That means that when they meet, they don't fight, in fact they pitch in, “Watcha' guys doin'?”, “Oh, we're raiding this guy's cat food”,
“Want some help?”, “Oh, yes please, and afters you can all meets the Queen(s)”.
California is thought to be host to at least five (5!) giant colonies. The largest, known as the 'California Large' is considered to stretch for 900
kilometers along the coast and the European contingent is thought to stretch for 6000 kilometers along the coast of the Mediterranean. It is their
world we just temporarily inhabit it.
These creatures are a regular fact of life in Southern California and if one lives in a badly infested area, and it is all
more or less badly
infested, and allows one's attention to waver for even just one season; hell will be paid and the encroachment will begin. They will come for the
weirdest # too, everything one can expect and many things you could never imagine. They have an affinity for biological secretions of all sorts. Which
causes me to have unhinged thoughts about DNA.
The Argentine ants are not burrowers or mound builders although they have been known to readily inhabit the deserted mounds or burrows of other types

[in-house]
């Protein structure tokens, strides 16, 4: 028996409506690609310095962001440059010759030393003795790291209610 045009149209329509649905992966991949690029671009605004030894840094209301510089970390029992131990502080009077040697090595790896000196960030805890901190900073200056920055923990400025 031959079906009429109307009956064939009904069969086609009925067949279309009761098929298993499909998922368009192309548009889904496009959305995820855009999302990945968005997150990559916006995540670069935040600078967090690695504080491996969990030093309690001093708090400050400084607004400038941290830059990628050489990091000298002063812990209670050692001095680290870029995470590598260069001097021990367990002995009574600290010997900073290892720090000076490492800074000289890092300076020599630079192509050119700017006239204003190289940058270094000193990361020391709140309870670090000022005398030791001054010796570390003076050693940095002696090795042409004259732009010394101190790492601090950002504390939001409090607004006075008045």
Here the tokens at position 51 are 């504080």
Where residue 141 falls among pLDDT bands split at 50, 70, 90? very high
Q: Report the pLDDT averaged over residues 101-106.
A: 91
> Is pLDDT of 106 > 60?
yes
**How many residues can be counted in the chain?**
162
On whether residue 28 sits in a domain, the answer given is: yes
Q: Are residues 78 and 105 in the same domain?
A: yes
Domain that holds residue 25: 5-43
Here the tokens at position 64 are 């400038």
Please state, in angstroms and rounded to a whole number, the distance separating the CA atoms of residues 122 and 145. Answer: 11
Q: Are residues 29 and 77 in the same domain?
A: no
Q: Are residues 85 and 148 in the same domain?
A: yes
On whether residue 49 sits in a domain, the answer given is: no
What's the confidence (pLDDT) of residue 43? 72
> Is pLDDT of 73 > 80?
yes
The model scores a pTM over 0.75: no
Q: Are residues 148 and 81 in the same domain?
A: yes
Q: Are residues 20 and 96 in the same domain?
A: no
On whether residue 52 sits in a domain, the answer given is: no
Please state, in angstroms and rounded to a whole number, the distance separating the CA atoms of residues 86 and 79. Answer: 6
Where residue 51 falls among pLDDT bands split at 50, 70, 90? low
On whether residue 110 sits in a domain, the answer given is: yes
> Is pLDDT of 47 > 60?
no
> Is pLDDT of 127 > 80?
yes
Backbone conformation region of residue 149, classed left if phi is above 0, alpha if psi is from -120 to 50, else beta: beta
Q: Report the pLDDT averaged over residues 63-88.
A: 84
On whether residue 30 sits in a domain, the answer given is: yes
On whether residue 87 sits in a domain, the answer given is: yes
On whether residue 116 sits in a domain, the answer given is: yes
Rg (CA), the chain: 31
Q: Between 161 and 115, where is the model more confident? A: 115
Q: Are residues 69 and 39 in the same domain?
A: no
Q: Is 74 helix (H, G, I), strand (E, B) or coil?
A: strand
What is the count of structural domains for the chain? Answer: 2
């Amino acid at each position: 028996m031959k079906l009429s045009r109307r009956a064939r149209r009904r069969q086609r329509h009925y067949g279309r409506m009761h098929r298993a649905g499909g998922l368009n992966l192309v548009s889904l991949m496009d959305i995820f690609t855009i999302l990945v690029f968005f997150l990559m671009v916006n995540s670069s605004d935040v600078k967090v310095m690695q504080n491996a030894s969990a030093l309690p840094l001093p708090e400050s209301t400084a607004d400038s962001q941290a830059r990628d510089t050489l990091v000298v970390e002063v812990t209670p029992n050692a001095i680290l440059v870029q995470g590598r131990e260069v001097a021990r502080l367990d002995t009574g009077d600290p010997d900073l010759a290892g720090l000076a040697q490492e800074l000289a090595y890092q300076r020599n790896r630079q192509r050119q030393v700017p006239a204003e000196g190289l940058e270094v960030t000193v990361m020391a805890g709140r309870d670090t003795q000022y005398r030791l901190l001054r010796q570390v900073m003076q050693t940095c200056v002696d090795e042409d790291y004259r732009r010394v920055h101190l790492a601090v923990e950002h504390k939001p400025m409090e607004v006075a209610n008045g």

of ant. They prefer to inhabit loose piles of leaf fall and loam. So in urban environments they will even nest in personal belongings, indoors. Also,
each nest can have multiple queens, up to 8 or 9, which is important for eradication strategies which we will discuss later.
Although they get along beautifully with one another, they hate other species of ants and will attack them mercilessly. As in all things with the
Argentine ants, they use sheer numbers to overwhelm their targets. They are notably bad for whatever ecosystem they have been introduced in to as they
have been known to take out beehives and bird's nests as well.
Crazy Like an Ant
..., commonly called the Crazy Ant
, comes in 150 different flavors and is named for it's rapid and erratic movement when disturbed. Considered
to be one of the most invasive species in the world, their hives are in most places that we are. People have said that they would rather have an
infestation of fire ants simply because the fire ants can be located. The crazy ants have completely infested the southern United States all the way
through Louisiana and Florida..
These are the little monsters that have been in the media in recent years and are notorious for mysteriously swarming over and fouling up
They are also famous for 'overrunning'
in the 1980's. These little mothers, like the Argentine ant, do not burrow or form mounds, they nest and have multiple queens.
The real super power of this species and the one thing that has given them the genetic edge over others is that they can
. The Queen produces
daughters that are genetically identical to herself and then produces males that are genetically identical to her mate. I hope you can start to see
now why I get a little nervous while contemplating ants.
edit on 17-8-2012 by Xoanon because: .